They request en end to their indefinite detention.
A letter written by one of the detainees.
While families around the United States gather around their tables to overindulge on turkey and pie, 110 detained asylum seekers at three ICE centers in California and Alabama will be hunger-striking to protest their two-year-long detainment.
The detainees, many of whom come from Bangladesh, are escaping persecution and violence in their home countries and fear being forcibly returned home. Many of them are targeted for their affiliations with the Bangladesh Nationalist Party (BNP), a political opponent to the current government. The BNP is classified by the Department of Homeland Security as a Tier III terrorist organization, a label that immigrant advocacy groups adamantly reject.
“ICE is keeping these people in indefinite detention when they should be released,” said Fahd Ahmed, director of Desis Rising Up and Moving (DRUM) in New York, in a press statement. “They came to this country seeking safety and instead have been placed behind bars to fill a detention bed quota for years at a time.”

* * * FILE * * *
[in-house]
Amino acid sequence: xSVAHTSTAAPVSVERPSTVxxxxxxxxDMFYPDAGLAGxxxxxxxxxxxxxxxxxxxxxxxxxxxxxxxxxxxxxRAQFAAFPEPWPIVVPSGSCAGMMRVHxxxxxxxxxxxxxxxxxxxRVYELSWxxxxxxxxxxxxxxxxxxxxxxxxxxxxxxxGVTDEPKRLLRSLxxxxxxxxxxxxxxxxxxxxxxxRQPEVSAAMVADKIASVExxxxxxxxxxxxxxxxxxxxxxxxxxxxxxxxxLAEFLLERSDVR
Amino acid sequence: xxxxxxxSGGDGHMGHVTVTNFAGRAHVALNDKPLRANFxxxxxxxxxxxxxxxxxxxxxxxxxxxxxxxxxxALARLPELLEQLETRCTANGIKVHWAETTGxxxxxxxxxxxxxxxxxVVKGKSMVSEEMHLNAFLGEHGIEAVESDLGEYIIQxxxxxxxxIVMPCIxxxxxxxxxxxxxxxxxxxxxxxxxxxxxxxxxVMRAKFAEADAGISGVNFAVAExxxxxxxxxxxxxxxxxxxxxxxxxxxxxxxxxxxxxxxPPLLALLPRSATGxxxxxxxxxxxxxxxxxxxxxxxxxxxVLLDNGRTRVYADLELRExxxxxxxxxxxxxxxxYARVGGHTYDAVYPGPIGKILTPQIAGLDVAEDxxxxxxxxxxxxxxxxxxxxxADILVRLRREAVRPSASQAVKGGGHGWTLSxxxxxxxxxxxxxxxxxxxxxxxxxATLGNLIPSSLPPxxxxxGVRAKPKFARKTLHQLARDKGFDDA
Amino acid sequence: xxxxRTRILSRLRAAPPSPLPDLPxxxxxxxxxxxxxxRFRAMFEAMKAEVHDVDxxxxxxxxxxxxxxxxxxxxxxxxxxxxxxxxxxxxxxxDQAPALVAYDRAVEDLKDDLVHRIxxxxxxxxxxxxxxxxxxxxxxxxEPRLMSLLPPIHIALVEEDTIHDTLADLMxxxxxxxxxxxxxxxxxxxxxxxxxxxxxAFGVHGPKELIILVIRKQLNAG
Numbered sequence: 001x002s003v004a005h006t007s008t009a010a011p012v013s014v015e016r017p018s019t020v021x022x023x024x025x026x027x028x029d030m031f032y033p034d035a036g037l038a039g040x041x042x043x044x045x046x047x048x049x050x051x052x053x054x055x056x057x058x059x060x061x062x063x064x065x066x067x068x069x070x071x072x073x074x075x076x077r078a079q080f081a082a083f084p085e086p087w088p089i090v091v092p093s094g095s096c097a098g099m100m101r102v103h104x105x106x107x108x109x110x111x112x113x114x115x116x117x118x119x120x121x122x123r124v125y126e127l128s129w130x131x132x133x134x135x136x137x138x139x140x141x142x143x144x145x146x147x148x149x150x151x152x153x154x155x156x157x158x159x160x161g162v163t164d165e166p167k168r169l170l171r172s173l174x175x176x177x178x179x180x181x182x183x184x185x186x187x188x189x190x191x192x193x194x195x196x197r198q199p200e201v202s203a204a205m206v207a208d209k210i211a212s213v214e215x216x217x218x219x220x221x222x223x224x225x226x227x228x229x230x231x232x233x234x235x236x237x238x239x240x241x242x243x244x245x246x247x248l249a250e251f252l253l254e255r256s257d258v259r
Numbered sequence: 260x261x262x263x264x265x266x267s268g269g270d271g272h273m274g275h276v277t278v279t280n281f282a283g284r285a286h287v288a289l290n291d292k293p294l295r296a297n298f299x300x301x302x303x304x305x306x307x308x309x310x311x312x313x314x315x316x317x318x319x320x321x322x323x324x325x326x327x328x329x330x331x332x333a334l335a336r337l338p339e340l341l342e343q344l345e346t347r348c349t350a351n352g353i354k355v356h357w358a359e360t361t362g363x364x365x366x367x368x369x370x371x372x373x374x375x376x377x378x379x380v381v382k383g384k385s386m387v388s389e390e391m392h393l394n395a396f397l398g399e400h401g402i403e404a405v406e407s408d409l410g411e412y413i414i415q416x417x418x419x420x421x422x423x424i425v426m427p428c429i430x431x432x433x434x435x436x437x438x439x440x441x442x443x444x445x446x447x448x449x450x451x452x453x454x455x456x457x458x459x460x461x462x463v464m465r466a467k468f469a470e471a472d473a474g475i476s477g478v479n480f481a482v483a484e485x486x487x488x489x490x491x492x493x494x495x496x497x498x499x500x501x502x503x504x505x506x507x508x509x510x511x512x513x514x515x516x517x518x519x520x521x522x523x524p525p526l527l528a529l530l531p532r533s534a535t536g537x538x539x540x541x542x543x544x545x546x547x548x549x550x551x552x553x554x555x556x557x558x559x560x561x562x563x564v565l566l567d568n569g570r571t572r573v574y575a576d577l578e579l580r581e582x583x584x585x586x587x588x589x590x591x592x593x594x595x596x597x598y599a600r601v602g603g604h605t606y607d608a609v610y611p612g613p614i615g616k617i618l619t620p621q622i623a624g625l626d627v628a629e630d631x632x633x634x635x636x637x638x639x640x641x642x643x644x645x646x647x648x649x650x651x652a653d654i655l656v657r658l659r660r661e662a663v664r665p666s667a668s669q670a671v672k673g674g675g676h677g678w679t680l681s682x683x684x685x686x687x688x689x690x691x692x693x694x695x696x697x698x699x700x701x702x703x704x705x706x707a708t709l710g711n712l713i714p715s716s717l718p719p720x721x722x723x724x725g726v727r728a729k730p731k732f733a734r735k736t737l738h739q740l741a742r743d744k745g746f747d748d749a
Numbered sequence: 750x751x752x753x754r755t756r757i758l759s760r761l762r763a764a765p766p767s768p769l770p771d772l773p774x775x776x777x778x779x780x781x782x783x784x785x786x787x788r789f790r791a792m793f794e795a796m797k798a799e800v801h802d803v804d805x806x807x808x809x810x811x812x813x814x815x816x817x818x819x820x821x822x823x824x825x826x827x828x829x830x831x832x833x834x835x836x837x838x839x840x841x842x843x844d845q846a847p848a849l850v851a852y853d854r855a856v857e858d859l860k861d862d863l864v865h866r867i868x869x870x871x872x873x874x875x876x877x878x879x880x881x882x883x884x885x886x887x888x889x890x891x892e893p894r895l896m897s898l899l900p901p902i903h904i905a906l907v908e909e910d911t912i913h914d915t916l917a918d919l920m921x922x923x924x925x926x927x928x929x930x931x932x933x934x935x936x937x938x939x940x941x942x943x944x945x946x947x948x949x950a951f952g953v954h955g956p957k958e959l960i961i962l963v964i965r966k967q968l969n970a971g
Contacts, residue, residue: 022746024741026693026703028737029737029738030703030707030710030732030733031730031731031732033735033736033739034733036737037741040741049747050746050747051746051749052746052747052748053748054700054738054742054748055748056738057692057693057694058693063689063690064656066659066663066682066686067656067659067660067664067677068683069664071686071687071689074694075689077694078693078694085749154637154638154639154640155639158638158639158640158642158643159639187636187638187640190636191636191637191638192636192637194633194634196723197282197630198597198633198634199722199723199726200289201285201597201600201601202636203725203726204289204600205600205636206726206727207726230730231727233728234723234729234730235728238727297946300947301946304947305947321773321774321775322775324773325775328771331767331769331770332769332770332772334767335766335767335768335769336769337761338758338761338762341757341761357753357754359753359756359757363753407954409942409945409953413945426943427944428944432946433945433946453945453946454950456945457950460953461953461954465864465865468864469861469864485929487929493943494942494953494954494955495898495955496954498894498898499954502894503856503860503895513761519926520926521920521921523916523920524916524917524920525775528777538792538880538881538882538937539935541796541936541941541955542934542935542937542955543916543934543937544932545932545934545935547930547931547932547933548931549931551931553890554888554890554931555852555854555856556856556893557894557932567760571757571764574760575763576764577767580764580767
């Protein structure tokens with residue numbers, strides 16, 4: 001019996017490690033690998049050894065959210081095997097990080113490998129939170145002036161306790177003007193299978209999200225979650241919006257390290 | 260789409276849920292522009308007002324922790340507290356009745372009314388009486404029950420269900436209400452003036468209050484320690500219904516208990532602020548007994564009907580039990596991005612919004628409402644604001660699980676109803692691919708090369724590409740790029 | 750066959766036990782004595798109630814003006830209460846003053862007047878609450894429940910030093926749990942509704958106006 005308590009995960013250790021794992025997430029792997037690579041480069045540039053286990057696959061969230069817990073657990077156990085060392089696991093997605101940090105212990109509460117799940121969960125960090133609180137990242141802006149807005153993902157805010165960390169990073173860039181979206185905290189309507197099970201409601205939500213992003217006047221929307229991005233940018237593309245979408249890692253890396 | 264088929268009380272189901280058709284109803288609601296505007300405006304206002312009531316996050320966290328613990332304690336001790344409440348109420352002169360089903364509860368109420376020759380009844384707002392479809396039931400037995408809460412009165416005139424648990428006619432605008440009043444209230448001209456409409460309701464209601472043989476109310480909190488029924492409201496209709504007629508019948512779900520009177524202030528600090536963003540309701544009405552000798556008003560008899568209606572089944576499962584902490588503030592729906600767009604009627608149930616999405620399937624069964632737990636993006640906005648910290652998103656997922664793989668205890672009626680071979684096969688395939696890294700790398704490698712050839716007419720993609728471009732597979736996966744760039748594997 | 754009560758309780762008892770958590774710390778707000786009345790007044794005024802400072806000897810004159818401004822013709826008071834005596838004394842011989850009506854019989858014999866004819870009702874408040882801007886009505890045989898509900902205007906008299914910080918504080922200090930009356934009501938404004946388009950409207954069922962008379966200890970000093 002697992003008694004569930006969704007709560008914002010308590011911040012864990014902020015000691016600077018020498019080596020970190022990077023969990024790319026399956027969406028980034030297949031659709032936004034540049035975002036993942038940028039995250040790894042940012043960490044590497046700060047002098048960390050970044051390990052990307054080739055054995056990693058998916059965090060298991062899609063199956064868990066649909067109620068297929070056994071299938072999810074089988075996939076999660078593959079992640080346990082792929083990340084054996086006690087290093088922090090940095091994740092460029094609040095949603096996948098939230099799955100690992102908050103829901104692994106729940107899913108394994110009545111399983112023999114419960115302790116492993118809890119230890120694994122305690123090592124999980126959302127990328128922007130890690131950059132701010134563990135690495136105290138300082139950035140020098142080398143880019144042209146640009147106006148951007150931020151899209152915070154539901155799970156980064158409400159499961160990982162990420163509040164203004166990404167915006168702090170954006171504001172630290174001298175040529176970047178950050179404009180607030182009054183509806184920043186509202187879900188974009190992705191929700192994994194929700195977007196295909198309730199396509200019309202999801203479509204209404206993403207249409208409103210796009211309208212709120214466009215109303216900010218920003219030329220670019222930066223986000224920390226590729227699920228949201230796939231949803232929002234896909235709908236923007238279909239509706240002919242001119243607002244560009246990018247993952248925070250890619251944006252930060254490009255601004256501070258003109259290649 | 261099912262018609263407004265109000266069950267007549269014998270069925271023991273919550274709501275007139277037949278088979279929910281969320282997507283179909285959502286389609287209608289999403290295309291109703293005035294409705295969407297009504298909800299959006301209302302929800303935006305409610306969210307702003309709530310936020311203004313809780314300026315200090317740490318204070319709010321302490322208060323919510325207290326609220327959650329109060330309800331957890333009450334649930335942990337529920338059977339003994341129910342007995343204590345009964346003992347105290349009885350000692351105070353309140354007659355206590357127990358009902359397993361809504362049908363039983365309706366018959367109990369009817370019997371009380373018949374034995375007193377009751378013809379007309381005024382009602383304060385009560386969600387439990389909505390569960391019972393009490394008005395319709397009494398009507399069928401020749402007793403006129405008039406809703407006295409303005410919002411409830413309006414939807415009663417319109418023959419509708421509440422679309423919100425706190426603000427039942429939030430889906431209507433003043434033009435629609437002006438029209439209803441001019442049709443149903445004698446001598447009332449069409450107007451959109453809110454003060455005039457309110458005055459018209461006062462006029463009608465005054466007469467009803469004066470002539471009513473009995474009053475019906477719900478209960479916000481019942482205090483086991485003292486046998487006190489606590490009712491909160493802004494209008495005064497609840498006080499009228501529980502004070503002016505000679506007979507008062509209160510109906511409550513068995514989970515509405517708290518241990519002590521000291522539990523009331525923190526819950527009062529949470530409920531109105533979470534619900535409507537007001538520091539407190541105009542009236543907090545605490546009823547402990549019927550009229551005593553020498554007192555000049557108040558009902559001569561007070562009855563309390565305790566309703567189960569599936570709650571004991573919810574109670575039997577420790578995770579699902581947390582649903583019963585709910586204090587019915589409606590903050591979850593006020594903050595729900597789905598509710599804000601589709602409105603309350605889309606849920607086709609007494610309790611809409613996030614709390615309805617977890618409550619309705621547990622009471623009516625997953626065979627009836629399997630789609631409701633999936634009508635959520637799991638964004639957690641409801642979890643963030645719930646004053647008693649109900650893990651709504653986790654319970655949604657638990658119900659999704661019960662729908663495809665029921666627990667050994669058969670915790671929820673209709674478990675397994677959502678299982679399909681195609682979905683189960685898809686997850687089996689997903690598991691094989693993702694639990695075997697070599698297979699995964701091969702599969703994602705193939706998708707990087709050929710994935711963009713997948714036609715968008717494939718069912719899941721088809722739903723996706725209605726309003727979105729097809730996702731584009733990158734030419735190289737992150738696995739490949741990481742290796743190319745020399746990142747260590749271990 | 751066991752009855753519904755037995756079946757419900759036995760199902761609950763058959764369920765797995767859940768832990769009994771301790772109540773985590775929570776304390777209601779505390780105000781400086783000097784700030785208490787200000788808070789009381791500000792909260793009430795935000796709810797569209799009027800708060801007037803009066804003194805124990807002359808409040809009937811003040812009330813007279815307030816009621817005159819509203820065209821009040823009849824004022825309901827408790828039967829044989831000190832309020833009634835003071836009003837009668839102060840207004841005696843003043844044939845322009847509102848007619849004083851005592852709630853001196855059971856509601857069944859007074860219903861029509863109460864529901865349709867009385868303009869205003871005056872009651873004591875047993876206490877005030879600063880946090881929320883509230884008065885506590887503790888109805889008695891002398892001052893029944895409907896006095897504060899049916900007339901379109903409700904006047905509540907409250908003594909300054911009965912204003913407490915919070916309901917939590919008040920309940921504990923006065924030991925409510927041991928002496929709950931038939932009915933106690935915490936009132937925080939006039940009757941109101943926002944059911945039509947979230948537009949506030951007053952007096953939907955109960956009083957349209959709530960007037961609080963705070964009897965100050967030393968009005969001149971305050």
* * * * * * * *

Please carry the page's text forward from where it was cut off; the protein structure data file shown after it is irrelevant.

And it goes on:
The hunger strikers, who are jailed at the Theo Lacey, Otay, and Etowah Detention Centers, released an ambitious list of demands, including an end to all detentions and deportations, and improved conditions for detainees. Mahbubur, a detainee at the Etowah Detention Center in Alabama, wrote a letter describing their grim circumstances:
“If they are deported to Bangladesh the present government will persecute them accusing them of creating unrest or vandalism by bringing false charges against them. Many of us even attempted to commit suicide for fearing of the government retribution if deported. We appeal to the Department of Homeland Security and the government of the United Stated of America to consider our case on humanitarian ground and free us from this miserable detention. We want to live a honorable life and we would like to inform our families back home that we are in good condition in America.”
Earlier this month, more than a dozen advocacy groups sent the State Department a letter condemning the “disproportionately high” number of Bangladeshi asylum seekers who are indefinitely detained at centers around the country.